The consultant said under Irish law, if there was no evidence of risk to the life of the mother 'our hands are tied', so long as there is a fetal heartbeat. However, there appears to be no mention of the previously reported phrase about Ireland being 'a Catholic country.'
The report says, however, there was an over-emphasis on the need not to intervene until the fetal heart had stopped beating, together with an under-emphasis on the need to focus attention on the monitoring and managing of Savita for the risk of infection.
It also says that even before the Halappanavars asked for a termination, the clinical situaiton indicated that there was a significant and increasing risk to the mother and performing an abortion should have been considered whether or not it was requested by the patient.
The report's findings on the termination issue will be seen in many quarters as vindicating the Government's decision to clarify this matter through new legislation and guidelines.
The findings, however, will also pose serious questions for the hospital and the HSE on how maternity care is provided and resourced.
The draft report also indicates that better guidelines are needed in dealing with serious infection in pregnancy.
The Halpappanavar family decided not to cooperate with the HSE probe.
The inquiry was led by a UK expert, Prof Sabaratnam Arulkumaran.
The HSE came in for considerable criticism on how it handled the case in the weeks following Savita's death. It was forced to replace three members of its initially-appointed inquiry team who worked in University Hospital Galway.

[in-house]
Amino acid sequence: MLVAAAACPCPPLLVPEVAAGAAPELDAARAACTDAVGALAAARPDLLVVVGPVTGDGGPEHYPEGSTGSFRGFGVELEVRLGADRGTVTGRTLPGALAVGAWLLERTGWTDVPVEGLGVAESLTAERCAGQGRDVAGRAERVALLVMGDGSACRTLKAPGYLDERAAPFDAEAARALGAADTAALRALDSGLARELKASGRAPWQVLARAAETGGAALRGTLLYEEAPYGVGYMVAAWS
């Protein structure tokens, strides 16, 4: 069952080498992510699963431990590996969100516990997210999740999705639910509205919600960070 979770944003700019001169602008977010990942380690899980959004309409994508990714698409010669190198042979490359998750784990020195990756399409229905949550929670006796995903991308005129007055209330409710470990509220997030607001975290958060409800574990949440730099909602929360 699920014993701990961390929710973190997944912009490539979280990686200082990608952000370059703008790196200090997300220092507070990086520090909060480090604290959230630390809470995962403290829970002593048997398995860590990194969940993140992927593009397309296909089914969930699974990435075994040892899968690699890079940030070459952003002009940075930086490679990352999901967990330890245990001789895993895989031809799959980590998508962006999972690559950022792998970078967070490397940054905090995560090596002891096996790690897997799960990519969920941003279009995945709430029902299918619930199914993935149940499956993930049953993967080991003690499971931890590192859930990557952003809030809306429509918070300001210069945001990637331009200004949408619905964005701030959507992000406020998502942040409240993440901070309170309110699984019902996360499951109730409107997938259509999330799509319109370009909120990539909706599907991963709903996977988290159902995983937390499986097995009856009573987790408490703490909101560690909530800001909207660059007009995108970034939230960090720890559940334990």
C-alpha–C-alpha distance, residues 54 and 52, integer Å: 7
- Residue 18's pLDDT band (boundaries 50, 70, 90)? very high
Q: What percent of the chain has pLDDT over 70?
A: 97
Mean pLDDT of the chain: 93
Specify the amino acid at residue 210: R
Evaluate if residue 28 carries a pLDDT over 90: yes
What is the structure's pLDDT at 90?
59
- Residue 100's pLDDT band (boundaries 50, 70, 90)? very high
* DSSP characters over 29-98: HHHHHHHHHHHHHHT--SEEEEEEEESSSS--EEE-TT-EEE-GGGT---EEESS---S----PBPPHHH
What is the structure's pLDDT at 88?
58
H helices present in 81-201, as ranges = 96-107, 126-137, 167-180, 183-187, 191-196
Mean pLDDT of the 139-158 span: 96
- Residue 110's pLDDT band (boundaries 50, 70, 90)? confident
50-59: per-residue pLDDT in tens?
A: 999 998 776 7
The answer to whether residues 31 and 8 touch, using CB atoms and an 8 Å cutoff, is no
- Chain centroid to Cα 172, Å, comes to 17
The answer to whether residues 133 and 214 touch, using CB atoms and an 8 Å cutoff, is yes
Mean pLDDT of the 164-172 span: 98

Health Minister James Reilly said today the HSE inquiry team was still compiling its findings and he hoped to receive the final report of the HSE's clinical review within ten days.
Dr Reilly said he could not comment on the leaked draft report and would await the publication of the final version of the report.
Fianna Fáil Health Spokesperson Billy Kelleher called on the Minister to immediately publish the report.
"In light of the report being leaked it is essential that Minister Reilly move to publish the full report as a matter of urgency. We cannot have a situation where an issue as sensitive and serious as this is being reported on in the media, based on a partial leaking of the document, and the family concerned and the public do not have access to the full facts," Mr Kelleher said.
Meanwhile, the solicitor for Praveen Halappanavar, Gerard O'Donnell, said it was very disappointing that a draft of the report had been leaked to the media before Mr Halappanavar had been briefed on the outcome of the inquiry.
He said his clients was very upset at the leaking of the report.
Minister for Communications Pat Rabbitte said the lack of clear guidelines on abortion may have tied the hands of doctors dealing with the case of Savita Halappanavar.
The health safety body HIQA is carrying out a separate inquiry into the circumstances surrounding Savita's death. This is not expected to be completed for a number of months.
In the meantime, the coroner's inquiry into the case is due to resume in early April.